During the 1800s, Manhattanville flourished as the West Side counterpart to its parent village of Harlem. The wide valley around present-day Broadway and 125th Street formed a unique gateway to the Hudson River between Morningside Heights and Washington Heights. Although rural, Manhattanville was the convergence of river, railroad, and stage lines, representing one of nineteenth-century New York City's most significant residential, manufacturing, and transportation hubs. However, this once-prominent upper Manhattan suburb eventually succumbed to the advent of mass transit and to the absorption of its distinctive features by the city in chase.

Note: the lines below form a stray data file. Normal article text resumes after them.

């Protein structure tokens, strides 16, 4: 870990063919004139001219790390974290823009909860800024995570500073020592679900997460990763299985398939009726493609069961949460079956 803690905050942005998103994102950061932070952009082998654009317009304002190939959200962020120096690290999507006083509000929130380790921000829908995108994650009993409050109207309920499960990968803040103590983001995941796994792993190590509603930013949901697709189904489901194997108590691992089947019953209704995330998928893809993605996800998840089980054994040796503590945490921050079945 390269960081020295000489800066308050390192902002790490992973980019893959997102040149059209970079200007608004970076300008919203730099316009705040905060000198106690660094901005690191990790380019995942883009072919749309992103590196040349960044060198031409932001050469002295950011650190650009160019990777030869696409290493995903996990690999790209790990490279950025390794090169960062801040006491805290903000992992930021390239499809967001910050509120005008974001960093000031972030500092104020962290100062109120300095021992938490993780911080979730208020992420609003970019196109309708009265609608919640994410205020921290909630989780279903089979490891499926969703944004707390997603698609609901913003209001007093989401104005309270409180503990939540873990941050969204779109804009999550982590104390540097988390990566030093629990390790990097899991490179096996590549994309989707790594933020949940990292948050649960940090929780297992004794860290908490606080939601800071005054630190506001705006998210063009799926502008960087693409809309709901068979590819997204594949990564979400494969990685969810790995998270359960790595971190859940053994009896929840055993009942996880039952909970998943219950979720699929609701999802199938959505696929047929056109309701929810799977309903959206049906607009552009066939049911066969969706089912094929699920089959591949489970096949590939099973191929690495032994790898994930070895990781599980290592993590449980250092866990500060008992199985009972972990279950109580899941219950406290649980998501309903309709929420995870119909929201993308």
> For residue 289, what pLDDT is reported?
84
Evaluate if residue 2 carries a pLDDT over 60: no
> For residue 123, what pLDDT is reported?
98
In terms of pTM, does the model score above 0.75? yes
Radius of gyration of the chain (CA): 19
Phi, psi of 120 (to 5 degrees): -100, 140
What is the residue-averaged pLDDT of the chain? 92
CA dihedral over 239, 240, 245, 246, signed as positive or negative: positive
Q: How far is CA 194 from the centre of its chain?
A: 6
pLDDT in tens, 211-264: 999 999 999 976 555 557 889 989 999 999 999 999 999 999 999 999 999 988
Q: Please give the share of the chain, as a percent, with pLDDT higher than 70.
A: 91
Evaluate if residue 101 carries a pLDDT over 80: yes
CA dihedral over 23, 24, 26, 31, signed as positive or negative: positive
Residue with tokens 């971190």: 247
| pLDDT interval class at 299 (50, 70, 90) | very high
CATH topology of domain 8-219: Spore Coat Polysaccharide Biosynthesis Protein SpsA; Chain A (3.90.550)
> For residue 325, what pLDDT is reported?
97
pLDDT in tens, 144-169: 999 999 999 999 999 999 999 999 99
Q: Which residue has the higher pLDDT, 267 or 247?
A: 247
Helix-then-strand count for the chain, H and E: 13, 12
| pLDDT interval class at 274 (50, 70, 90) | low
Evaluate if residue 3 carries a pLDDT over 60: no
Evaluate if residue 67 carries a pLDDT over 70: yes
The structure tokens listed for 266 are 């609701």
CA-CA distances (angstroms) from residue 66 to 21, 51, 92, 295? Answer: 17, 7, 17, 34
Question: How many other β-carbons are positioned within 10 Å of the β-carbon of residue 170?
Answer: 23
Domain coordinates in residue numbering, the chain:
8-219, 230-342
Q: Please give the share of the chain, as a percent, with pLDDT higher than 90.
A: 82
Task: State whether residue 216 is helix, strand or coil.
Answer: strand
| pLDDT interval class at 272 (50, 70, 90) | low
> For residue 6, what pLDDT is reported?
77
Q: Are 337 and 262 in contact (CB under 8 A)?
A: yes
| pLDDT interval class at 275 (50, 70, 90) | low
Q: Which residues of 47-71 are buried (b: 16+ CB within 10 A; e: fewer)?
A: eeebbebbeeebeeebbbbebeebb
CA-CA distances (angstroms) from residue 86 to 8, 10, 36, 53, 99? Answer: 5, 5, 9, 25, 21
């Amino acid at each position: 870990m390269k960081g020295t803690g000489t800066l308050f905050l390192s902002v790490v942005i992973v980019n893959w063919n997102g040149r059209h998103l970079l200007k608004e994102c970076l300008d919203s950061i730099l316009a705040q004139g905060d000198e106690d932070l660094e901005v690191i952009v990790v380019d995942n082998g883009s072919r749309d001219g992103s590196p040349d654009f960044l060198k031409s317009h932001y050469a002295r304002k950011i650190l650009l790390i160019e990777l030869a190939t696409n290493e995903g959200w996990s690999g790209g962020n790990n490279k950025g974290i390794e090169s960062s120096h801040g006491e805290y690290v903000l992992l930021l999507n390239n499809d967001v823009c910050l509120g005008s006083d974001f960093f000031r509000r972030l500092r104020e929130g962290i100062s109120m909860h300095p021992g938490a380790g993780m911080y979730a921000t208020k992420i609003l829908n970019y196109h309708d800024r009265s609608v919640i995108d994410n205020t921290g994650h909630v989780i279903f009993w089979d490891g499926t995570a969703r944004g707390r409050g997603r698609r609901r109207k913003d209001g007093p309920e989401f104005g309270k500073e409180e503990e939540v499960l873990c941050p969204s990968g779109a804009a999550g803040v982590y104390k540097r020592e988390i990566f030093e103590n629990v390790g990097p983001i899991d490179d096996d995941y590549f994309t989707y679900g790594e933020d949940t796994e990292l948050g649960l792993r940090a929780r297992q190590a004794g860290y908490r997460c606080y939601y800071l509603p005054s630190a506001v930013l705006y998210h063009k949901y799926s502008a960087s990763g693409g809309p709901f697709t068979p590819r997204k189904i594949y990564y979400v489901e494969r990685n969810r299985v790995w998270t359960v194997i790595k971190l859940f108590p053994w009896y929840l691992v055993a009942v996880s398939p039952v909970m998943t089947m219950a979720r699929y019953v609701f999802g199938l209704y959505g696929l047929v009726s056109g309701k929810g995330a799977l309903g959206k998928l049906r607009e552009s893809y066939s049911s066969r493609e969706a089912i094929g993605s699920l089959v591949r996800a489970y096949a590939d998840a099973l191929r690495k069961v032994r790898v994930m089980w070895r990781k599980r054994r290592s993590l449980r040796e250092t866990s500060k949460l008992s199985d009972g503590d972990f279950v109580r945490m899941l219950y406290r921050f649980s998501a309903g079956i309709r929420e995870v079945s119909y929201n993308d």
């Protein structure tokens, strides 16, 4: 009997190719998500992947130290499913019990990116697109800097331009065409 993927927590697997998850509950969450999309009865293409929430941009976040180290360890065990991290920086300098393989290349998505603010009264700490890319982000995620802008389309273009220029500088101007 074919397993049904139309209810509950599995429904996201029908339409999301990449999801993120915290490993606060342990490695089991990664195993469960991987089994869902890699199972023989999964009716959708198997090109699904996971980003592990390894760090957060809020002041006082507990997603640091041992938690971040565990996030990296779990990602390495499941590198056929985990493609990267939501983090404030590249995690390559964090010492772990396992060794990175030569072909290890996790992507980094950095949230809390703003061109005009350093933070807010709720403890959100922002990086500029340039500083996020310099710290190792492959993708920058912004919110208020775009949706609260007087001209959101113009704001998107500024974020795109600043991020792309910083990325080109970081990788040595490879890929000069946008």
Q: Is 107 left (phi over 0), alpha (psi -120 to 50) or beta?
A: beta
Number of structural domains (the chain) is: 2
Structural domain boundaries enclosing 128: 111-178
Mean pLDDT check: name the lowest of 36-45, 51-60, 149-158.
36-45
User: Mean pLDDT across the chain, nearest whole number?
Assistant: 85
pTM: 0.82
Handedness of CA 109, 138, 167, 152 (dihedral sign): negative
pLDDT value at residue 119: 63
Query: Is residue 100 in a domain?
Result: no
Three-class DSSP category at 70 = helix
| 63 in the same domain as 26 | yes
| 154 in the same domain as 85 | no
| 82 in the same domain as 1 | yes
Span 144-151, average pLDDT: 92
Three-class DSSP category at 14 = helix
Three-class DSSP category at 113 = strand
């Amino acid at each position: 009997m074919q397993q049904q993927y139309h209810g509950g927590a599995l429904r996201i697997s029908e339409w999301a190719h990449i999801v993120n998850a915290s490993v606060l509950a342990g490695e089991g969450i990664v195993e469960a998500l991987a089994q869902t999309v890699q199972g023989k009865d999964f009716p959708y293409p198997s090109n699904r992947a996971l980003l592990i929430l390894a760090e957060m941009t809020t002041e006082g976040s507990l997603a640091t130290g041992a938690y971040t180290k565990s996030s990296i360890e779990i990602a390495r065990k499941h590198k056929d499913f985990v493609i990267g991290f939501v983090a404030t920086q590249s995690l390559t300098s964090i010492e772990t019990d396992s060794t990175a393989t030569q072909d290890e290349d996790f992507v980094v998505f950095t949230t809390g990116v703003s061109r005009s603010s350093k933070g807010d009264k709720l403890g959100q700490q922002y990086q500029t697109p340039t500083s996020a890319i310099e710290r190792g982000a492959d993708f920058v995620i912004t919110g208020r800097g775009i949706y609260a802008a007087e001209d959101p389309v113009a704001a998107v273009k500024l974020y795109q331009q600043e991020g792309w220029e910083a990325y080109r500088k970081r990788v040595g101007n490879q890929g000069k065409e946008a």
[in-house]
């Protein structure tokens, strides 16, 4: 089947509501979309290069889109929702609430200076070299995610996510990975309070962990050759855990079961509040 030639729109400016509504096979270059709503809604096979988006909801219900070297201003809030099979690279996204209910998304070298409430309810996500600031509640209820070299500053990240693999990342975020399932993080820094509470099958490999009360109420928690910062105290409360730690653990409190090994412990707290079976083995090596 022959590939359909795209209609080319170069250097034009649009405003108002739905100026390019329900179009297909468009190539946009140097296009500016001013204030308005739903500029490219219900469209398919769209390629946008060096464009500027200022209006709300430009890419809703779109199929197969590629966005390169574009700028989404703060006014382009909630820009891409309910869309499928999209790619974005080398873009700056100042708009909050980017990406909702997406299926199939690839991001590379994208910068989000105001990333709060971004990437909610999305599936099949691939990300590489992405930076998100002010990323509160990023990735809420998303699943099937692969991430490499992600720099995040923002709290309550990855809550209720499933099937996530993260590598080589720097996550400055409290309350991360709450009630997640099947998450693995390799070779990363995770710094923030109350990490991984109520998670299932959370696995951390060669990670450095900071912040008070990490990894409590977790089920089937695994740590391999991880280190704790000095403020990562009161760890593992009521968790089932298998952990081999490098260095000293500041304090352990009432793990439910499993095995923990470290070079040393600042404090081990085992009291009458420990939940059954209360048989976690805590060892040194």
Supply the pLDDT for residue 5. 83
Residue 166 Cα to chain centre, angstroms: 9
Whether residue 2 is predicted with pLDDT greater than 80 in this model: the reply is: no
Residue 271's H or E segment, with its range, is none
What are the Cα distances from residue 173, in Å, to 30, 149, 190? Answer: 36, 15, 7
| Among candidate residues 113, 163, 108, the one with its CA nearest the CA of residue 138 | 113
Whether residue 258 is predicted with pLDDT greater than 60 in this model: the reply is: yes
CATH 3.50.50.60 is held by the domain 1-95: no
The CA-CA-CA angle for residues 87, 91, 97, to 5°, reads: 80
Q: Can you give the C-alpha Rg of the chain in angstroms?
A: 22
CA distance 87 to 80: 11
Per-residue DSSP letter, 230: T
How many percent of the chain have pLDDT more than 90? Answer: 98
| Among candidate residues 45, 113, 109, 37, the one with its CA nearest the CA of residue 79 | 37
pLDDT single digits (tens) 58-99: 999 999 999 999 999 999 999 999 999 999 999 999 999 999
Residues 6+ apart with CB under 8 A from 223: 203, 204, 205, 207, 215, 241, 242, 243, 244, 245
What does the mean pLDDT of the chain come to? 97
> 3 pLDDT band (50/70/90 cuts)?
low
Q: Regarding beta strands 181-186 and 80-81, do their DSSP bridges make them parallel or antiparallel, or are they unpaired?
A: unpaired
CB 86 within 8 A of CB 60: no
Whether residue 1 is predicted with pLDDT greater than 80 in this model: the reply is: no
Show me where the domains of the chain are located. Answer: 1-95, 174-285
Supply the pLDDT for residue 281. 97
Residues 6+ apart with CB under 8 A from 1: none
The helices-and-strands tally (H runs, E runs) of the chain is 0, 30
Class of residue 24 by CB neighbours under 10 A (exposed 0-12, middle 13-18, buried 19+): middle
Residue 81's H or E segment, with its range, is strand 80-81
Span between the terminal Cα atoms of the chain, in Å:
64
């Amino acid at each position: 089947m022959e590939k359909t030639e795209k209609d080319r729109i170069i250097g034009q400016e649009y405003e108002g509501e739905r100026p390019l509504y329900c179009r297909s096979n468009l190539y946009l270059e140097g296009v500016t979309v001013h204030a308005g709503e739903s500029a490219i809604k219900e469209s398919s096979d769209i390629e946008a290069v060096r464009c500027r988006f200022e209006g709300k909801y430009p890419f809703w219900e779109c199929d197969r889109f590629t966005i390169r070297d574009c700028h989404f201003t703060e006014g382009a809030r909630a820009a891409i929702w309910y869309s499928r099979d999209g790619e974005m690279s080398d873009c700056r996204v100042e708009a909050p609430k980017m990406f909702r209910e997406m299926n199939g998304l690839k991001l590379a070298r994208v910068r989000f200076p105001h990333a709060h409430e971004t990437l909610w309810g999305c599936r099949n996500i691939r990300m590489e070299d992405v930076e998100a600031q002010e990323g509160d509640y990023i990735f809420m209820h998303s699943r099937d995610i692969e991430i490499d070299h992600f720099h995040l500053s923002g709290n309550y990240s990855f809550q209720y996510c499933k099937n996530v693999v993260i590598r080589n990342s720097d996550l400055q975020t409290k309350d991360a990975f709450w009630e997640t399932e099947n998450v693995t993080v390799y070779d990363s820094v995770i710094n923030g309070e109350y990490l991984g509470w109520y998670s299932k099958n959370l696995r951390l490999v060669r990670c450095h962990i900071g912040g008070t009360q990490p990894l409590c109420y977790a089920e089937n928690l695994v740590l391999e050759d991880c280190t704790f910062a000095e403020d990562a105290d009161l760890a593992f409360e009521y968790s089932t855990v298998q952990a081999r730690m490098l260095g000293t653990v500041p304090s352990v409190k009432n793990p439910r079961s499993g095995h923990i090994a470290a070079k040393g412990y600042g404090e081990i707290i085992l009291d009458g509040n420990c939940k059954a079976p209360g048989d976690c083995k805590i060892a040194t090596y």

Manhattanville: Old Heart of West Harlem acquaints readers with the richly diverse history and lore of this famously picturesque locale. From Henry Hudson's exploration of the area's waterfront in 1609 to Gen. George Washington's conversion of its terrain into a battlefield in 1776, momentous events marked Manhattanville's crossroads long before the village streets were laid out in 1806. Readers discover later landmarks, including New York's first Episcopal church to abolish pew rentals, where patriots, Tories, and African American abolitionists convened-today, Harlem's oldest continuing congregation on the same site. The book also introduces notable Manhattanville residents, such as founders Jacob and Hannah Lawrence Schieffelin, clothier Daniel Devlin, and New York City Mayor Daniel F. Tiemann.